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A Facebook page, "Hey Arianna, can you spare a dime?" (Credit: Facebook)

The Newspaper Guild has started a movement to send letters calling on the HuffPost to pay its bloggers.

The Newspaper Guild explains on its website that it is “primarily a media union” and states that it has “more than 34,000 members in the United States, Canada and in Puerto Rico, and we are journalists, sales and media workers of all kinds.”

The Newspaper Guild’s letters, addressed to Arianna Huffington, state:

“After building a media empire based on unpaid writers and republishing the work of others, the Huffington Post was sold to AOL for $315 million. We are calling on Huffington Post founder Arianna Huffington to invest in quality journalism by sharing a portion of this fortune with the people who made her successful.

“As we look to the future, we look to you, Arianna Huffington, as a leader in web-based news coverage, to demonstrate your commitment to the value of journalism, and to help prevent independent journalists from having to settle for third-world wages.”

An e-mail exchange between Huffington Post SVP for Media Relations, Mario Ruiz, and Newspaper Guild president Bernie Lunzer was published on Poynter’s Romenesko blog Feb. 22.

Ruiz’s e-mail, addressed to Bill not Bernie, is a response to the guild’s “campaign targeting HuffPost for being unfair to journalists.”  Ruiz wrote:  “We couldn’t agree more with your goal of ensuring journalists are paid for their work. It’s why HuffPost has 143 editors, writers, and reporters on our edit team. But we feel there’s a critical distinction between our editors and reporters and the people who contribute to our group blog.”

As Ruiz stated, the Huffington Post pays “editors and reporters” but not bloggers’ opinion pieces.

“The vast majority of our bloggers understand the value of having a platform that reaches a very large audience. People blog on HuffPost for free for the same reason they go on cable TV shows every night for free – because they are passionate about their ideas, want them to be heard by the largest possible audience, and understand the value that that kind of visibility can bring (the visibility of being on HuffPost has led to our bloggers being invited on TV to discuss their posts, to paid speeches, to book deals, to a TV show – Greg Gutfeld claims he was offered his Fox show because of his writing on HuffPost).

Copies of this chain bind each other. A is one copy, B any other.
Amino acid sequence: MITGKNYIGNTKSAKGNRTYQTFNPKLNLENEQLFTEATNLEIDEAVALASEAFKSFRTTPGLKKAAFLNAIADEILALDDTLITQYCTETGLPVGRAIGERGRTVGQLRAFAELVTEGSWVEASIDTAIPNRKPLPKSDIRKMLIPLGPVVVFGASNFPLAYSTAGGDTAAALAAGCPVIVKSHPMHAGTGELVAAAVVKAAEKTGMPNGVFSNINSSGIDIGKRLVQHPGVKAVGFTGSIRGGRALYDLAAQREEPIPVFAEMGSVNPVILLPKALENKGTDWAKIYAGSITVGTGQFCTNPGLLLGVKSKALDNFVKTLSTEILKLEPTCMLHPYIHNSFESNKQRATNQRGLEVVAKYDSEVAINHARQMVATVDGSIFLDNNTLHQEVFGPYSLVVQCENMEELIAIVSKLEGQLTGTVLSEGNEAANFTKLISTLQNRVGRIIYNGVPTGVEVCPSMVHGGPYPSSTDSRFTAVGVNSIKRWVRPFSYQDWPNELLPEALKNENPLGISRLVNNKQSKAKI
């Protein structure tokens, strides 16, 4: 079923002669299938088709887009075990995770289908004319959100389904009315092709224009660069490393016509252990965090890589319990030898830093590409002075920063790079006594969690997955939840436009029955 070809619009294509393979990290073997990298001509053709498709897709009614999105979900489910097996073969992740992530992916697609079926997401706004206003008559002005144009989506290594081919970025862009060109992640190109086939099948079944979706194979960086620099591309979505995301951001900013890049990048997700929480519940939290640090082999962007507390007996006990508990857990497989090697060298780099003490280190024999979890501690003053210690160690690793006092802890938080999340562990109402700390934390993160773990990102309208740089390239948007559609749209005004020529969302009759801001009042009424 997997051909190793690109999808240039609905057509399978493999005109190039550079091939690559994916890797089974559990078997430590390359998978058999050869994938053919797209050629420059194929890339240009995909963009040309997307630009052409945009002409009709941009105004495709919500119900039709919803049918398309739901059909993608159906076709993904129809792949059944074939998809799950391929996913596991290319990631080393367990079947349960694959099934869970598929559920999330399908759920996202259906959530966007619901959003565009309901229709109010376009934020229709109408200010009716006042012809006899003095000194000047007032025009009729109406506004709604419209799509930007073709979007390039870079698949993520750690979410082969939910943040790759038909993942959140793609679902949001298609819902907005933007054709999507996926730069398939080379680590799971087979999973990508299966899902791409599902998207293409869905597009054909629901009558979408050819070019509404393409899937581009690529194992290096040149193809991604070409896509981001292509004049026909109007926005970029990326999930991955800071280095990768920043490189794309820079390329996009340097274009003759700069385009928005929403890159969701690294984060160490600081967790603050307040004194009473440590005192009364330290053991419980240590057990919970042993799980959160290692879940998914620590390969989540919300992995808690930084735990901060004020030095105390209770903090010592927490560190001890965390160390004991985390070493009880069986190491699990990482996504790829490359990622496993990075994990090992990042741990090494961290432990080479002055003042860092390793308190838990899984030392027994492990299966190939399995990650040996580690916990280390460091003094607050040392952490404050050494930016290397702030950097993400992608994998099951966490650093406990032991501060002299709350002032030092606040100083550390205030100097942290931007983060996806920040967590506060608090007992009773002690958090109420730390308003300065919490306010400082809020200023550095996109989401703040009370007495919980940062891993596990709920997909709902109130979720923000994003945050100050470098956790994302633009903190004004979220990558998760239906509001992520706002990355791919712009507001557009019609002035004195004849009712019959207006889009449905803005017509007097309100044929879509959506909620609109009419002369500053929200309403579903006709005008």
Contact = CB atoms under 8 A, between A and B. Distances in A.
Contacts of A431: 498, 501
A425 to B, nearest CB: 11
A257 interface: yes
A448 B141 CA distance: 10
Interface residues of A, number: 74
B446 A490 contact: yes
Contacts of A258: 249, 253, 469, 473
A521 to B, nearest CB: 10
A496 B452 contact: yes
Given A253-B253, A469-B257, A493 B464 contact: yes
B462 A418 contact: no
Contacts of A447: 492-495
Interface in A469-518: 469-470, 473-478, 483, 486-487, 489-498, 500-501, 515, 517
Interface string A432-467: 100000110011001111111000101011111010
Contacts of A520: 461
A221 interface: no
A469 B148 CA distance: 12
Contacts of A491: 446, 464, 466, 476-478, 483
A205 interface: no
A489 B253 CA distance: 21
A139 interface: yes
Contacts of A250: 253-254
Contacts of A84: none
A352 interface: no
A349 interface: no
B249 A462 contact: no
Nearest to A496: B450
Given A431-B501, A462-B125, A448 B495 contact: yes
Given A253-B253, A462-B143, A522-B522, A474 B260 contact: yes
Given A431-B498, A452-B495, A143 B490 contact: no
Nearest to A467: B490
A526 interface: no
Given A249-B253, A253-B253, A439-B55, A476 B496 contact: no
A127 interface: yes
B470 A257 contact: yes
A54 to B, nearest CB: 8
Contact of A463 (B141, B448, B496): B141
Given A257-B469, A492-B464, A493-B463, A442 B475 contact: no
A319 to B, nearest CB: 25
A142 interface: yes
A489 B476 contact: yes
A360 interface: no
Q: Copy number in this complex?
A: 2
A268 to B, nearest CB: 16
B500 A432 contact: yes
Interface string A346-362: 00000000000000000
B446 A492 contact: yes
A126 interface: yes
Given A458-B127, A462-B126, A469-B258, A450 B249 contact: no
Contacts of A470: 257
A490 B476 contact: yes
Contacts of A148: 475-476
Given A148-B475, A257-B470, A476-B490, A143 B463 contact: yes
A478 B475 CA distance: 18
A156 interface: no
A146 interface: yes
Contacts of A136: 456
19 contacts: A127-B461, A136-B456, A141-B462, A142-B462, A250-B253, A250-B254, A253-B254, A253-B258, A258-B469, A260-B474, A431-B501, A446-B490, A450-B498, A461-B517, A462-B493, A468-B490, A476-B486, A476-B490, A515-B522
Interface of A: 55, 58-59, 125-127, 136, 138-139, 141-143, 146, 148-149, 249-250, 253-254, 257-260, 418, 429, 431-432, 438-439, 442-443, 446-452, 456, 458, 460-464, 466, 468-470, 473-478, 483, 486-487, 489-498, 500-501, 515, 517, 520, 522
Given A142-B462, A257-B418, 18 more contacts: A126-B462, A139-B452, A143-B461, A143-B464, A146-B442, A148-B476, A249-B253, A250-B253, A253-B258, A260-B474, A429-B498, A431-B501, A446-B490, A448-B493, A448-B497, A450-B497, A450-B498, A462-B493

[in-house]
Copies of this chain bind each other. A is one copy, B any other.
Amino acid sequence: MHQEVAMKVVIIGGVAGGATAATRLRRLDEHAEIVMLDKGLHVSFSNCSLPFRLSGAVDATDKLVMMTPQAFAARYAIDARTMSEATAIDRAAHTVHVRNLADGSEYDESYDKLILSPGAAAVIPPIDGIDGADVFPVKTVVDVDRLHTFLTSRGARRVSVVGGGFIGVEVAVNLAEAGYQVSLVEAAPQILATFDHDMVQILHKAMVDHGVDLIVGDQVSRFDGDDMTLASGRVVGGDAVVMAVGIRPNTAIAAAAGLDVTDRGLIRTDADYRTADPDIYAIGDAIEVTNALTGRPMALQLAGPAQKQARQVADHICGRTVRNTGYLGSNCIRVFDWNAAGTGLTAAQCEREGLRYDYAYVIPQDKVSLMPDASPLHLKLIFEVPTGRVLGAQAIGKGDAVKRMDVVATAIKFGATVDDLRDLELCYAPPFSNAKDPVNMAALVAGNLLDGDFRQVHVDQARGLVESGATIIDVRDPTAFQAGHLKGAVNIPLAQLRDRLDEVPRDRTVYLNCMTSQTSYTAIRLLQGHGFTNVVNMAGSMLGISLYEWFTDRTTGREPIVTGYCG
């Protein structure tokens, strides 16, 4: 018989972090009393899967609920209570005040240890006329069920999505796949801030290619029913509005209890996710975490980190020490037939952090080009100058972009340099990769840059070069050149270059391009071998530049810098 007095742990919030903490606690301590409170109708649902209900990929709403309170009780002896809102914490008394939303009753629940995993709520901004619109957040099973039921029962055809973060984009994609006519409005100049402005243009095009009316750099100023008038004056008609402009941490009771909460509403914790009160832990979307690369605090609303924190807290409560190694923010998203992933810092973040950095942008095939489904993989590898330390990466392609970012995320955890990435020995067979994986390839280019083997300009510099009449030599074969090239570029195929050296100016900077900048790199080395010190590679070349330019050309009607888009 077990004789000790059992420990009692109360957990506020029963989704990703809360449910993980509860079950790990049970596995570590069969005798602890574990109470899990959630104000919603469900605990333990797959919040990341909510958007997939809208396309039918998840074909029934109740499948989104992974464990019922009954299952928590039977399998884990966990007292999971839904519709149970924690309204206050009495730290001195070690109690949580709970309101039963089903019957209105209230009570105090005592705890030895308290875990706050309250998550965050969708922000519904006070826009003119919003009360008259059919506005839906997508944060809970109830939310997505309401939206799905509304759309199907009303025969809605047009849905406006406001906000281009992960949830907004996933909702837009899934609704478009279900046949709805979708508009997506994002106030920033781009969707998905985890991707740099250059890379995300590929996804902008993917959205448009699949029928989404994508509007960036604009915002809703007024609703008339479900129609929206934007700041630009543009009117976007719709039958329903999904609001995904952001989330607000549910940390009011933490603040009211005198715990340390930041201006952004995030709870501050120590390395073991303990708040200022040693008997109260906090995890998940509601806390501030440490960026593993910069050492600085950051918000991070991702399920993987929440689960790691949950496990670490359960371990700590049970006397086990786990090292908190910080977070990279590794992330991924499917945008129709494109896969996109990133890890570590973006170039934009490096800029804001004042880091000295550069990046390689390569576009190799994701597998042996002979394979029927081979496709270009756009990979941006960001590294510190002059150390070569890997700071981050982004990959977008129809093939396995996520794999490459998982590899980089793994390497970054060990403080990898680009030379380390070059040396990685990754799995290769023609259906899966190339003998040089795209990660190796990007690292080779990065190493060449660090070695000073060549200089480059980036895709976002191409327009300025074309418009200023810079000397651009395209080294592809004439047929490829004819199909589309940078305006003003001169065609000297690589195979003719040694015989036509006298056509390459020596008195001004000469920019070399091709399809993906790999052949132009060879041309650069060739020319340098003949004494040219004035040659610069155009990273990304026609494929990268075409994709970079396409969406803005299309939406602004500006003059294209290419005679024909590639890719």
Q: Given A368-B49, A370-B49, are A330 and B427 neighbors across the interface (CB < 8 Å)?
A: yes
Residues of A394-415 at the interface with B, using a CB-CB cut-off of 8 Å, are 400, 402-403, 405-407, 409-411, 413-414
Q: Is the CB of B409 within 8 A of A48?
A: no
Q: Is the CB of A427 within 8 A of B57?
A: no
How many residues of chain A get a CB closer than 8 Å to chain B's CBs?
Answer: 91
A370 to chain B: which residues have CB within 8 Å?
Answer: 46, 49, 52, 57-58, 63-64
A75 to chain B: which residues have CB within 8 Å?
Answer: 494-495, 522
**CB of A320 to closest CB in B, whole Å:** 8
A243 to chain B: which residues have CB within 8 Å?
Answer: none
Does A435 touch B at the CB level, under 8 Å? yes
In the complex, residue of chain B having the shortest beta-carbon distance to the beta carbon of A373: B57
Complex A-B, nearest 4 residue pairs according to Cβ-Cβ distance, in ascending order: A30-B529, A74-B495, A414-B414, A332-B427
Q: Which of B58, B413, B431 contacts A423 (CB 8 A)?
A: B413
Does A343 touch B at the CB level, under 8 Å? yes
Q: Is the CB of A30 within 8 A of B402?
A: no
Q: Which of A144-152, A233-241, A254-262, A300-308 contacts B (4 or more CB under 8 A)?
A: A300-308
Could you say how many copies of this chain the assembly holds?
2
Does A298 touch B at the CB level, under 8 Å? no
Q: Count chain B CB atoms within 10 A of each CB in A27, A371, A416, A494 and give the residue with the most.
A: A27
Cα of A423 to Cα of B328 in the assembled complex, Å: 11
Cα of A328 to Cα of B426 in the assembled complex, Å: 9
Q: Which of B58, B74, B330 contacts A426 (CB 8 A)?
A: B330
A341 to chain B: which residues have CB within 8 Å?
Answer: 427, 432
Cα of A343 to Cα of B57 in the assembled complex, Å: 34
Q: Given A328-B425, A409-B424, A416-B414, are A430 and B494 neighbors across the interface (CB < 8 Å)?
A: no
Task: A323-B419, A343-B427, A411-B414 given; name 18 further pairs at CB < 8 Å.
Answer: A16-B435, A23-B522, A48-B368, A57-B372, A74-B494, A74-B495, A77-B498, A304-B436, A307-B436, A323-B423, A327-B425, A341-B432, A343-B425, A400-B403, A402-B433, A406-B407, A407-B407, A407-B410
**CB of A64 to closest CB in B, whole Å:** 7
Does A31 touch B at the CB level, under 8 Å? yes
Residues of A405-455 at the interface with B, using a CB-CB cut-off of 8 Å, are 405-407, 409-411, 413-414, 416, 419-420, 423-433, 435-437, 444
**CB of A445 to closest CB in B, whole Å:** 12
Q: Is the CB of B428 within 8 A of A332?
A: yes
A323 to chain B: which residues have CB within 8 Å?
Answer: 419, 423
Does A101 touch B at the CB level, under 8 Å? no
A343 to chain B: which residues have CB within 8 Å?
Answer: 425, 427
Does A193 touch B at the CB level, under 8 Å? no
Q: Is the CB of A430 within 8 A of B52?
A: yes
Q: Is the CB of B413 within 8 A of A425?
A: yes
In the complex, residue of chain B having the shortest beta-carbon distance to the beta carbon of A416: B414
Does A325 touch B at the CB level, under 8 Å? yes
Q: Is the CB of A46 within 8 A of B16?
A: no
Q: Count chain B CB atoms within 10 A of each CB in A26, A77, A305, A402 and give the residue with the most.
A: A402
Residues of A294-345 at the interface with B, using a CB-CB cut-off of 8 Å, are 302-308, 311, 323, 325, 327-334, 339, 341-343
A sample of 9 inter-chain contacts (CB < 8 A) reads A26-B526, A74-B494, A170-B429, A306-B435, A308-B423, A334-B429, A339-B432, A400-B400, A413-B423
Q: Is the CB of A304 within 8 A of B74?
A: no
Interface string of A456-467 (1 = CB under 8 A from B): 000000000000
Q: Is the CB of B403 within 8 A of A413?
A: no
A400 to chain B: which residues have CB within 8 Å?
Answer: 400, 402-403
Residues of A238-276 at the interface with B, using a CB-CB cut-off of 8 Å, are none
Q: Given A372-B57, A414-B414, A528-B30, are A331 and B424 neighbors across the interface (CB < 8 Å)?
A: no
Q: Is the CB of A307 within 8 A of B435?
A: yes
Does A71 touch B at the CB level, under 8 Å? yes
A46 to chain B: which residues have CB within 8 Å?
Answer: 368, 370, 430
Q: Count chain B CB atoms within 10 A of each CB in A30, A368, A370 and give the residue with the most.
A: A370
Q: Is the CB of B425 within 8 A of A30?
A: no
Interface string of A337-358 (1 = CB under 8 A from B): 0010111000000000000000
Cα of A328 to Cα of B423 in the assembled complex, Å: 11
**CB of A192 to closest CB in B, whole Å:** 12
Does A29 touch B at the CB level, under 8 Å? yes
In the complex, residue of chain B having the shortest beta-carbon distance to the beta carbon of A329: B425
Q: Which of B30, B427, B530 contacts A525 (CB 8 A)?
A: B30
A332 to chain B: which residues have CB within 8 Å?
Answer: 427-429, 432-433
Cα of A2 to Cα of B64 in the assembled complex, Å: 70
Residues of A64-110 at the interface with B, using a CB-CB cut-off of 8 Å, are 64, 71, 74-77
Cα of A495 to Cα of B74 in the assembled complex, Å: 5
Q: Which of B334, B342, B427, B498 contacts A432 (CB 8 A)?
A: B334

“Our bloggers can choose to write for HuffPost – or not write for HuffPost. They can write as often as like they like or as little as they like. It’s both wrong and offensive to insist that HuffPost is exploiting journalists.”

In response, Lunzer commented on the name mix-up, writing “My first name is Bernie, not Bill – so I’m not certain if you intended this message for me.”  Lunzer went on to state:

“We continue to have great concerns about the HuffPost model and its long-term effect on journalism. I am not at all surprised that you see it as a simple matter. If at some point HuffPost desired a conversation, we would entertain the offer.”

The Newspaper Guild announced the letters to Huffington in a press release, noting that “in conjunction with The Guild Freelancers” the Guild created a Facebook page to support the movement.  The Facebook page, “Hey Arianna, Can you Spare a Dime?” has 857 fans.

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The Huffington Post’s Ruiz has commented at least twice on the Facebook page, first on Feb. 20 at 11:09 PM posting the statement sent to Lunzer .  Notably, Ruiz didn’t identify himself as a Huffington Post representative in either posting.